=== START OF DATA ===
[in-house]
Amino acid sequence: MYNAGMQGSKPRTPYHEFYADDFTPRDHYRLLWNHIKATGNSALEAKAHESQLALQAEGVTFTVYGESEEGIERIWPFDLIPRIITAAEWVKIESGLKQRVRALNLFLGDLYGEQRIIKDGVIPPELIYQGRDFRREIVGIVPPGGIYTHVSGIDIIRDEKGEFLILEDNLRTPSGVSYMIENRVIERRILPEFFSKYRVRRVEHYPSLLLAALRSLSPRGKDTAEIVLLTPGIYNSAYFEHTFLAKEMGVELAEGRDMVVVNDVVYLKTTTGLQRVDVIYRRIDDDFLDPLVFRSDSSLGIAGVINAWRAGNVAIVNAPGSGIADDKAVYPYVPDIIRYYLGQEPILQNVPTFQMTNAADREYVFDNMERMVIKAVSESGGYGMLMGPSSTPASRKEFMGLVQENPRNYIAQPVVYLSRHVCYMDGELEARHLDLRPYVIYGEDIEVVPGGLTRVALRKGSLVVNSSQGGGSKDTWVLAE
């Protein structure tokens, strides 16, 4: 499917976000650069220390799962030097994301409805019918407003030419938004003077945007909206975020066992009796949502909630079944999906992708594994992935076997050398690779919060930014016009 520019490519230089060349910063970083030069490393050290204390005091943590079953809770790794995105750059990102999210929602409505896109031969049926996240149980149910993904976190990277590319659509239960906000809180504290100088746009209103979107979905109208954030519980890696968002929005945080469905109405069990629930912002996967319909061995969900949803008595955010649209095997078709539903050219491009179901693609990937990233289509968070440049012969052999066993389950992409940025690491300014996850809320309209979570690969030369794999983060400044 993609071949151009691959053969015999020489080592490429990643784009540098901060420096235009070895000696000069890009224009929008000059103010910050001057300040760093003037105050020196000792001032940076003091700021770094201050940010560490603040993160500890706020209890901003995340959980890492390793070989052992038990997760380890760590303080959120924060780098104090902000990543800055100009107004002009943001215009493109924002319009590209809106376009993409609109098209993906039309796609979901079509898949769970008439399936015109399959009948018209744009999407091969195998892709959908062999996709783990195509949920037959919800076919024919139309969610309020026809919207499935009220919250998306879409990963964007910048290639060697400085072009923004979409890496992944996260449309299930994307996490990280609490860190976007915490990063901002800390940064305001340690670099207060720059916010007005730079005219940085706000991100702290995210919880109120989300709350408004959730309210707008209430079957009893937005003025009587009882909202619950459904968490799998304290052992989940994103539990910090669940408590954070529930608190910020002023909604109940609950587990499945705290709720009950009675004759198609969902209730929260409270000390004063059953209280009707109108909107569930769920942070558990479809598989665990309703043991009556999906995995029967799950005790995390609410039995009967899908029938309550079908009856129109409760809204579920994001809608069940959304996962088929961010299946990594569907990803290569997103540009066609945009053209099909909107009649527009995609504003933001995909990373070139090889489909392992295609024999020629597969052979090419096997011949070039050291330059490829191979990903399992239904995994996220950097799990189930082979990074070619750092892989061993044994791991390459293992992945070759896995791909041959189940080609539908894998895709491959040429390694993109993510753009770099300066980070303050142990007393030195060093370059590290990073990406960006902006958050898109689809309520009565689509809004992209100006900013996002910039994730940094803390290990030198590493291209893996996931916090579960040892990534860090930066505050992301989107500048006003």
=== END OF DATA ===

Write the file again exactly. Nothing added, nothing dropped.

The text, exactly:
[in-house]
Amino acid sequence: MYNAGMQGSKPRTPYHEFYADDFTPRDHYRLLWNHIKATGNSALEAKAHESQLALQAEGVTFTVYGESEEGIERIWPFDLIPRIITAAEWVKIESGLKQRVRALNLFLGDLYGEQRIIKDGVIPPELIYQGRDFRREIVGIVPPGGIYTHVSGIDIIRDEKGEFLILEDNLRTPSGVSYMIENRVIERRILPEFFSKYRVRRVEHYPSLLLAALRSLSPRGKDTAEIVLLTPGIYNSAYFEHTFLAKEMGVELAEGRDMVVVNDVVYLKTTTGLQRVDVIYRRIDDDFLDPLVFRSDSSLGIAGVINAWRAGNVAIVNAPGSGIADDKAVYPYVPDIIRYYLGQEPILQNVPTFQMTNAADREYVFDNMERMVIKAVSESGGYGMLMGPSSTPASRKEFMGLVQENPRNYIAQPVVYLSRHVCYMDGELEARHLDLRPYVIYGEDIEVVPGGLTRVALRKGSLVVNSSQGGGSKDTWVLAE
């Protein structure tokens, strides 16, 4: 499917976000650069220390799962030097994301409805019918407003030419938004003077945007909206975020066992009796949502909630079944999906992708594994992935076997050398690779919060930014016009 520019490519230089060349910063970083030069490393050290204390005091943590079953809770790794995105750059990102999210929602409505896109031969049926996240149980149910993904976190990277590319659509239960906000809180504290100088746009209103979107979905109208954030519980890696968002929005945080469905109405069990629930912002996967319909061995969900949803008595955010649209095997078709539903050219491009179901693609990937990233289509968070440049012969052999066993389950992409940025690491300014996850809320309209979570690969030369794999983060400044 993609071949151009691959053969015999020489080592490429990643784009540098901060420096235009070895000696000069890009224009929008000059103010910050001057300040760093003037105050020196000792001032940076003091700021770094201050940010560490603040993160500890706020209890901003995340959980890492390793070989052992038990997760380890760590303080959120924060780098104090902000990543800055100009107004002009943001215009493109924002319009590209809106376009993409609109098209993906039309796609979901079509898949769970008439399936015109399959009948018209744009999407091969195998892709959908062999996709783990195509949920037959919800076919024919139309969610309020026809919207499935009220919250998306879409990963964007910048290639060697400085072009923004979409890496992944996260449309299930994307996490990280609490860190976007915490990063901002800390940064305001340690670099207060720059916010007005730079005219940085706000991100702290995210919880109120989300709350408004959730309210707008209430079957009893937005003025009587009882909202619950459904968490799998304290052992989940994103539990910090669940408590954070529930608190910020002023909604109940609950587990499945705290709720009950009675004759198609969902209730929260409270000390004063059953209280009707109108909107569930769920942070558990479809598989665990309703043991009556999906995995029967799950005790995390609410039995009967899908029938309550079908009856129109409760809204579920994001809608069940959304996962088929961010299946990594569907990803290569997103540009066609945009053209099909909107009649527009995609504003933001995909990373070139090889489909392992295609024999020629597969052979090419096997011949070039050291330059490829191979990903399992239904995994996220950097799990189930082979990074070619750092892989061993044994791991390459293992992945070759896995791909041959189940080609539908894998895709491959040429390694993109993510753009770099300066980070303050142990007393030195060093370059590290990073990406960006902006958050898109689809309520009565689509809004992209100006900013996002910039994730940094803390290990030198590493291209893996996931916090579960040892990534860090930066505050992301989107500048006003």